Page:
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Re: Niches for the Hurd: evaluation method; was: DRM musings, capabiliti

From: olafBuddenhagen
Subject: Re: Niches for the Hurd: evaluation method; was: DRM musings, capabilities and stuff
Date: Sat, 3 Jan 2009 05:02:55 +0100
User-agent: Mutt/1.5.18 (2008-05-17)


On Wed, Dec 31, 2008 at 02:35:46PM +0100, Michal Suchanek wrote:
> On 31/12/2008, olafBuddenhagen@gmx.net <olafBuddenhagen@gmx.net>
> wrote:
> >  On Tue, Dec 30, 2008 at 12:10:39PM +0100, Michal Suchanek wrote:

> If you want a POSIX system Coyotos is completely out of question.
> I would think that the kernel itself does not provide the constructor
> primitive - I would make it a service on top of a simple kernel.

Indeed the constructor is not part of the kernel itself AFAIK. But at
the microkernel level, all mechanisms and design decisions are
intertwined quite a lot: Changing one piece does have consequences in
other places -- you have to rework pretty much the whole design.

I don't know enough details to say for sure, but I'm rather positive
that even if the constructor was the *only* thing we don't want, it
still would make Coyotos unsuitable for us...

> Yes, the system provides a service out of the box that provides DRM
> memory which might be a step towards DRM content protection. I do not
> like the feature but I have not seen a secure system design without
> such feature, either.

Well, as I explained, we believe that we can build a system providing
the kind of security *we* are interested in, without such mechanisms.

> >  > If you cannot do something as root you cannot do it at all on the
> >  > system
> >
> >
> > This is just wrong. Think of BSD secure levels for example: Certain
> > things are protected when the system is running in the normal mode,
> > but the administrator can still change them by starting it in a
> > different secure level.
> You can shut down Coyotos and look at the on-disk image. As going to
> less secure level from a more secure level can be only done by
> rebooting there is not much difference here.

As I said, SElinux uses a different approach, which doesn't require
rebooting AFAIK; I only used the secure levels as an example to refute
your claim that root permissions and admin permissions are inherently

More importantly, the fact that you can theoretically manipulate the
disk image of a Coyotos installation, doesn't mean it's actually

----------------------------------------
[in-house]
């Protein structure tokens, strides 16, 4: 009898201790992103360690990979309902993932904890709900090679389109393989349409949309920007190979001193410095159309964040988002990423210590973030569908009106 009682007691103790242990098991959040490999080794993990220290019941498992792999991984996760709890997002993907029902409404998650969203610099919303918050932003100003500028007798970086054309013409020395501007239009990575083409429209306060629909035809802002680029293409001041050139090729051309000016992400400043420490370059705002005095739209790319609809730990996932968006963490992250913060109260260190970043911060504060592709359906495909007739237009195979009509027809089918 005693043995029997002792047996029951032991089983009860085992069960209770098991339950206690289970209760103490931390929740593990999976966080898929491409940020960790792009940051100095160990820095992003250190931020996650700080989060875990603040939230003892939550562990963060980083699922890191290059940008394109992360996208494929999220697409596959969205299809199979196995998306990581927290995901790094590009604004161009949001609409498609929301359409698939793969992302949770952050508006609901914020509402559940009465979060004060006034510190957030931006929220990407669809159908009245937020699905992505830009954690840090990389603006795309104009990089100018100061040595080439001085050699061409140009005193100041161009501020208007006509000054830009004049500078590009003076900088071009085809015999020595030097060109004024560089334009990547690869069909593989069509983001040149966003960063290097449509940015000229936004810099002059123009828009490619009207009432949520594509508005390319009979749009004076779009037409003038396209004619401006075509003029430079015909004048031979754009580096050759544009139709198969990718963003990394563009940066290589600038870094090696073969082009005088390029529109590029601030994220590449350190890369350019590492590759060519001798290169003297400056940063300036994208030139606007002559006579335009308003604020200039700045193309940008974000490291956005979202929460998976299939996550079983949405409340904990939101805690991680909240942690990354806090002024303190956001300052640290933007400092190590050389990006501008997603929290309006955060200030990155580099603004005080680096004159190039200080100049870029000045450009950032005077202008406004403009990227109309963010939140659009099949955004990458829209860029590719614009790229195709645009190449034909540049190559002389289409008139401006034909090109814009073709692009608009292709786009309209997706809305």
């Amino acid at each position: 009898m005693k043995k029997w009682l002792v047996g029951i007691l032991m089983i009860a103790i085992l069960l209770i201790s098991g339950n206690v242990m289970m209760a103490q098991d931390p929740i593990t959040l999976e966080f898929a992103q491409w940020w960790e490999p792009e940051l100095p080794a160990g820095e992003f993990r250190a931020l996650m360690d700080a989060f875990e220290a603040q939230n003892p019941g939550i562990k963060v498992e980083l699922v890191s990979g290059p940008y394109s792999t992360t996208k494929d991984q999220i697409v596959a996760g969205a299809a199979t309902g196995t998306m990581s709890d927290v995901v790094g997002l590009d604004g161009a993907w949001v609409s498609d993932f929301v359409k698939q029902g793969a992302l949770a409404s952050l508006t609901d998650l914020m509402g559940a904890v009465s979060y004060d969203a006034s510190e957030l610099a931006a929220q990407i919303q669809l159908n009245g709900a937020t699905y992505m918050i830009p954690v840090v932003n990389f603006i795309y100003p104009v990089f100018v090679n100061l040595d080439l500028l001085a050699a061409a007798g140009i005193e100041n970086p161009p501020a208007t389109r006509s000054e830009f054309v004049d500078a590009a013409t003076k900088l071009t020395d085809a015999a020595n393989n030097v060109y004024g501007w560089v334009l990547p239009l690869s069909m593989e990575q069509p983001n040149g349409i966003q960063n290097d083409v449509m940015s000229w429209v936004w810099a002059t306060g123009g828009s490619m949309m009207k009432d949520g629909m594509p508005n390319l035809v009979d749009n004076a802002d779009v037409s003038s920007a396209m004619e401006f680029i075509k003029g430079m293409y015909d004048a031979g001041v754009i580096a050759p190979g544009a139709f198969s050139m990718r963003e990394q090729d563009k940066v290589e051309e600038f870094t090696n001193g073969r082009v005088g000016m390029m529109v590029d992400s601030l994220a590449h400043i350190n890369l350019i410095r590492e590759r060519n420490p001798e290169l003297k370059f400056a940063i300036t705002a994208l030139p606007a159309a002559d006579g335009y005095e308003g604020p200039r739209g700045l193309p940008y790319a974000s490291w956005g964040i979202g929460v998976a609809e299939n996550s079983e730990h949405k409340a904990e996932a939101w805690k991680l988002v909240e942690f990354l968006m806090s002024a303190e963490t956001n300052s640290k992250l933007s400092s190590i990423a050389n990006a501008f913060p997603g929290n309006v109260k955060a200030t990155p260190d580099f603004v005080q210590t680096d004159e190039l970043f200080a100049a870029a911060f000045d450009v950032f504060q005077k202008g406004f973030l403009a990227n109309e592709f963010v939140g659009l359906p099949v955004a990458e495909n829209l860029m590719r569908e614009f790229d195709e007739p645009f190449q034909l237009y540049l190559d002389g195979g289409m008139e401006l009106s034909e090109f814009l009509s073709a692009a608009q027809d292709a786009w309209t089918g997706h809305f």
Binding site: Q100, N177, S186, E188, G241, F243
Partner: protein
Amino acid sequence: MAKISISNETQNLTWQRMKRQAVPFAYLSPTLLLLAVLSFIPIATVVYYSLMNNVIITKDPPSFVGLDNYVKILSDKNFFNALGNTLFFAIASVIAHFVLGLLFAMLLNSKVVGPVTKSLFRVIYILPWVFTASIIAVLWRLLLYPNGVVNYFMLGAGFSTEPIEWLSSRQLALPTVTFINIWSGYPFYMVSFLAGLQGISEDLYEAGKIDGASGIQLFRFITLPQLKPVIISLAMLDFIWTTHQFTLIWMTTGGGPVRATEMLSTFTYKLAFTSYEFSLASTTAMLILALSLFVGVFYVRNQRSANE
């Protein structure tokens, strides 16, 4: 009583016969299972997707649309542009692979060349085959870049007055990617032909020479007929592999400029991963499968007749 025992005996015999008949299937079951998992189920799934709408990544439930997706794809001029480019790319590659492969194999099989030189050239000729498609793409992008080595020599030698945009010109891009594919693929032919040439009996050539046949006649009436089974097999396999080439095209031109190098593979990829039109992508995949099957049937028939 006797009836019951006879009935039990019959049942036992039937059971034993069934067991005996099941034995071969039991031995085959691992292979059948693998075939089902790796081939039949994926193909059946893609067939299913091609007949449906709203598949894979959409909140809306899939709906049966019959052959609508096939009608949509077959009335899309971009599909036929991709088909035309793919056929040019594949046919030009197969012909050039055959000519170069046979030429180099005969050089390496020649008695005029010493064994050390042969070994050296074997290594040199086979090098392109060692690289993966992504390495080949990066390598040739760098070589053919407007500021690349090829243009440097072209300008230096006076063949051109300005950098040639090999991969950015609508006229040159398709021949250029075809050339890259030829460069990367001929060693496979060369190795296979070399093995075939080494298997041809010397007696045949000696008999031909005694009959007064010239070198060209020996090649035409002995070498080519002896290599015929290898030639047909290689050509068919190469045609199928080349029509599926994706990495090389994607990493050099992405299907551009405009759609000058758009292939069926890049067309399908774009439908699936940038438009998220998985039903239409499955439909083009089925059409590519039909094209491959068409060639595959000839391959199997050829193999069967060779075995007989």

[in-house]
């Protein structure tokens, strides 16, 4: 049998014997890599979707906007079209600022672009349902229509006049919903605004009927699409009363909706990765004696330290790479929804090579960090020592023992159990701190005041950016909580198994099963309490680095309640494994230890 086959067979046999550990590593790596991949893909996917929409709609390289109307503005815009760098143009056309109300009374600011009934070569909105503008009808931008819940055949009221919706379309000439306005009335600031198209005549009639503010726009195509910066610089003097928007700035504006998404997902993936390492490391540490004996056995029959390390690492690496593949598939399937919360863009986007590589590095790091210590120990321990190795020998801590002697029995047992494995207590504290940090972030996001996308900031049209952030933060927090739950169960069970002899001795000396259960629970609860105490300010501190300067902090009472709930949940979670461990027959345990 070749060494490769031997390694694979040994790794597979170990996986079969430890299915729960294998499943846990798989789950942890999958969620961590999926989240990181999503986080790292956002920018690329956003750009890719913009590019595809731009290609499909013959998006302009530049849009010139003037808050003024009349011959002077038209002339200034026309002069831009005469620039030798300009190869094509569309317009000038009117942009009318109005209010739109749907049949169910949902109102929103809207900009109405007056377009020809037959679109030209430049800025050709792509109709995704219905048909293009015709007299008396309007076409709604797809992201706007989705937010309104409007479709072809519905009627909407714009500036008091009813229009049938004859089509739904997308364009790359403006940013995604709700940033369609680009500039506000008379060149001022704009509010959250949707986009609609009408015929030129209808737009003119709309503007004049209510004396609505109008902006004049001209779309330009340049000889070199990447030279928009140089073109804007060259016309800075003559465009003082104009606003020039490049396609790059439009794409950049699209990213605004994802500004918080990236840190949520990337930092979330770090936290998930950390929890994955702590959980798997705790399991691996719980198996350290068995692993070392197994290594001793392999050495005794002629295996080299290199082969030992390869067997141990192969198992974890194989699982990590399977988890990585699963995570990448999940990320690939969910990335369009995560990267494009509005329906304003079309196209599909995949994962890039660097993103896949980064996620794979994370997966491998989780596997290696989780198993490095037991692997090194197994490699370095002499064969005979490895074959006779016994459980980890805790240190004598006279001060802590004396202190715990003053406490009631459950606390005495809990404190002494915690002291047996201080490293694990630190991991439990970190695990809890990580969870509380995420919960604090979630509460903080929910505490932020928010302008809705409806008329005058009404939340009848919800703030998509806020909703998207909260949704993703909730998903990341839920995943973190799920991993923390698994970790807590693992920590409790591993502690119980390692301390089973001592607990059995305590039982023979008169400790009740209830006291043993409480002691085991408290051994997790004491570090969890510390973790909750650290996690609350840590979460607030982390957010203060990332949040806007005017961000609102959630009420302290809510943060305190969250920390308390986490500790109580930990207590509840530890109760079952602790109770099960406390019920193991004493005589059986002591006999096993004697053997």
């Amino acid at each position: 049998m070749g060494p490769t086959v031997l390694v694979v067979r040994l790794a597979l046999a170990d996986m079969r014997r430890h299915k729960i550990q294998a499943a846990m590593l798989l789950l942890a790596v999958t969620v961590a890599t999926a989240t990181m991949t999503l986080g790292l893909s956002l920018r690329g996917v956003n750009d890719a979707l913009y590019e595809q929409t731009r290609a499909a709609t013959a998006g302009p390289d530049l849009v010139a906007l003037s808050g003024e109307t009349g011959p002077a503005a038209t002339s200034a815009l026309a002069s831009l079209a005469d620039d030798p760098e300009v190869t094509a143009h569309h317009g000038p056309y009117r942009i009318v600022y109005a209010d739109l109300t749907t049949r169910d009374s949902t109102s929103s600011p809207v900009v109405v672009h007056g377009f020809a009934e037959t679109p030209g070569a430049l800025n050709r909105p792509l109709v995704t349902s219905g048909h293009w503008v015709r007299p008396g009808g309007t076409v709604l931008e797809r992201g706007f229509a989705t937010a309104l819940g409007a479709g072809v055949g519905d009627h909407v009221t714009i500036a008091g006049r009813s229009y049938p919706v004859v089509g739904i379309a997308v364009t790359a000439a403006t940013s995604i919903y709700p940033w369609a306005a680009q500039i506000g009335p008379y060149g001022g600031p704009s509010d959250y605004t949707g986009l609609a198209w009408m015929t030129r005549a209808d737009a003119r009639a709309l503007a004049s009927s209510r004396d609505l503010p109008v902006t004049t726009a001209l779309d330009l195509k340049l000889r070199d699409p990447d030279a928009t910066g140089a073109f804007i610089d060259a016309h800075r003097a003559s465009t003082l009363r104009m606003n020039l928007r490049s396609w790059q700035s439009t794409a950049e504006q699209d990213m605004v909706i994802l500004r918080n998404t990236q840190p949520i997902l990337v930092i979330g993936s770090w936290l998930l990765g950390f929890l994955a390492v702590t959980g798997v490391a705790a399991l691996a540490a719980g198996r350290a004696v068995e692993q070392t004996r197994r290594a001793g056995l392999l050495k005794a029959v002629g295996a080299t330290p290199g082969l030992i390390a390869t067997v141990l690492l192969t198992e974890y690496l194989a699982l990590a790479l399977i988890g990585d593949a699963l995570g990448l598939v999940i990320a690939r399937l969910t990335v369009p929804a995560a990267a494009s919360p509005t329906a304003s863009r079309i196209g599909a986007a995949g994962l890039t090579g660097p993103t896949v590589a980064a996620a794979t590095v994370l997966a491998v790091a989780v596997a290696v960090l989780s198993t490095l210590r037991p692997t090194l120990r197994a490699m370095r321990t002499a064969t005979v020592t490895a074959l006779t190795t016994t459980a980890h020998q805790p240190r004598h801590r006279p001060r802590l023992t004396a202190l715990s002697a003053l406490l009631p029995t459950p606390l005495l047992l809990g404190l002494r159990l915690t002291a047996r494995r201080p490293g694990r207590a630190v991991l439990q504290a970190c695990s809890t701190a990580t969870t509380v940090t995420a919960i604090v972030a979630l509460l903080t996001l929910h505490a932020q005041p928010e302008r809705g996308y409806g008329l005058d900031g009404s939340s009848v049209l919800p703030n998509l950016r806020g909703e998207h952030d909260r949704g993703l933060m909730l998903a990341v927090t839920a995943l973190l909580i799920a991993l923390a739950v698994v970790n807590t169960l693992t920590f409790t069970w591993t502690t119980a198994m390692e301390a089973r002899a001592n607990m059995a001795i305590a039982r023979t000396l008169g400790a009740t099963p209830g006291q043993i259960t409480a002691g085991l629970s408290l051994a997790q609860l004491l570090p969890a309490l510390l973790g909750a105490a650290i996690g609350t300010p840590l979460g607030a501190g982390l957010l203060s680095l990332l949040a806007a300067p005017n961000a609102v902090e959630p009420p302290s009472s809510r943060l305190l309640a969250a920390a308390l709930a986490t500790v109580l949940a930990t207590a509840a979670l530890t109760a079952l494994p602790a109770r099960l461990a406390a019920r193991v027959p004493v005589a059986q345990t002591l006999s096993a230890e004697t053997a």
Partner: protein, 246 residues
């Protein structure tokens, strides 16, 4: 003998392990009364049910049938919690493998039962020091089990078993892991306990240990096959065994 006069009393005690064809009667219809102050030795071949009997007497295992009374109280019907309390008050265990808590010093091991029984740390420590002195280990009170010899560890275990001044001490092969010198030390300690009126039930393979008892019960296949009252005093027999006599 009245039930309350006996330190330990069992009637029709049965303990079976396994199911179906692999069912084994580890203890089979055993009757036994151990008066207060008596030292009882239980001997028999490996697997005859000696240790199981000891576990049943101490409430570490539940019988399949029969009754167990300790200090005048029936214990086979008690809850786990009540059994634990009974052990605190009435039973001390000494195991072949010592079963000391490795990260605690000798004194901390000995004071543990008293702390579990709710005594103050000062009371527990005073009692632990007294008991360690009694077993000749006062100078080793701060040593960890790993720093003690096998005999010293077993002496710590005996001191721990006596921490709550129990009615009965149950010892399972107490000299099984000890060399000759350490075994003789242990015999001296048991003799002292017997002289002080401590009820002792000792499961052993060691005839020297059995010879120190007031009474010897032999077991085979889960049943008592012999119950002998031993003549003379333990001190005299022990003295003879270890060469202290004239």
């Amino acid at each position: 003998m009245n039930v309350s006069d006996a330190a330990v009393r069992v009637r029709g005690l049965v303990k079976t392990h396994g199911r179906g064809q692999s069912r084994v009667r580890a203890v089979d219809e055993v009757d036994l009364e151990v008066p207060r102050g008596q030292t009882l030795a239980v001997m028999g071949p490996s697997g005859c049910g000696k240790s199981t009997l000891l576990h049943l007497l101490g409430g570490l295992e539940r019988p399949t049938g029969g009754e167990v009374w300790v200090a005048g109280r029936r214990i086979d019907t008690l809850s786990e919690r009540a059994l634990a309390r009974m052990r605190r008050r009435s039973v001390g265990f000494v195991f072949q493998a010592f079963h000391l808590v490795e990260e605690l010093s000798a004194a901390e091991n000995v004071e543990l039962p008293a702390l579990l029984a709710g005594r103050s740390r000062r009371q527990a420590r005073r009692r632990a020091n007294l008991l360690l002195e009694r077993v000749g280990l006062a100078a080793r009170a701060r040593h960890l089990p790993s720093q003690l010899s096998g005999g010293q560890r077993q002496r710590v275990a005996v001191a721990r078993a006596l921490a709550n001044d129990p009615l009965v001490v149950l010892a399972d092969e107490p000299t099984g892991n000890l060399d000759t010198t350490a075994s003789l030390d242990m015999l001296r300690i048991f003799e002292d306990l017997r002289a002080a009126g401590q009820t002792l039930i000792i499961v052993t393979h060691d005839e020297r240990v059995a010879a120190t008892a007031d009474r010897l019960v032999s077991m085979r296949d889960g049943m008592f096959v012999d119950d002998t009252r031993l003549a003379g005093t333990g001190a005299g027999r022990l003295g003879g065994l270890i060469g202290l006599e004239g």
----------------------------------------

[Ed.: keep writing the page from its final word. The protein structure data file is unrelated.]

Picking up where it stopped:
feasible in practice.

This is a common theme in your arguments: You always say that this is
possible and that is possible, totally ignoring the question how
realistic things actually are. But as I already pointed out at the
beginning of the discussion, this is the only really interesting
question: because in theory, you pretty much can do anything you desire
on pretty much any system, if you invest enough effort.

What really distinguishes designs is only *how hard* certain things are
with one design or the other. A good design is one that makes the things
we are interested in straightforward; the properties we want to see

> > No, this is all that *you* seem to be interested in. Other people
> > expect better integration between applications -- there is a reason
> > things like dbus were created.
> I do not know why dbus was created and what problems it is trying to
> solve. And I have no idea why a word processor would need to
> communicate with any other application for example. There are
> clipboards but these are not in dbus so I really don't know any use
> case for typical application communicating through dbus with another
> one.

So you don't see the reasons. Great. "I don't see it, so it's not

> > You are missing the point: There would still be no integration
> > between applications running in the UNIX environment, with dbus and
> > all, and "native" applications running in an environment knowing
> > nothing about dbus.
> Why so?
> dbus uses streams for communication, and there sure is need for
> streams in any system. I do not see how this does not fit.
> I would want to examine dbus and see if it can be modified to make
> better use of the system or if it just tries to work around some
> problems that could be solved differently on non-unix system but for
> start there is no reason why its socket cannot be used by any
> application.

You are still missing the point. Of course you *can* make the "native"
applications communicate with UNIX applications using dbus, if you
implement dbus support -- just as you can implement any other UNIX
facility to improve interaction with UNIX applications... But then, you
end up implementing all these horrible ill-designed insecure UNIX things
you wanted to get rid of in the first place!

(From what I heard, dbus fits in with this category quite well.)

Also, you are again ignoring the question of feasibility...

There is no way you can have good integration of UNIX applications
without using the UNIX facilities. I stand by my claim that when good
integration of UNIX applications is top priority, the only useful
approach is building around a POSIX environment. (As a reminder, this is
not the only reason why we are doing so; it's just one of them.)


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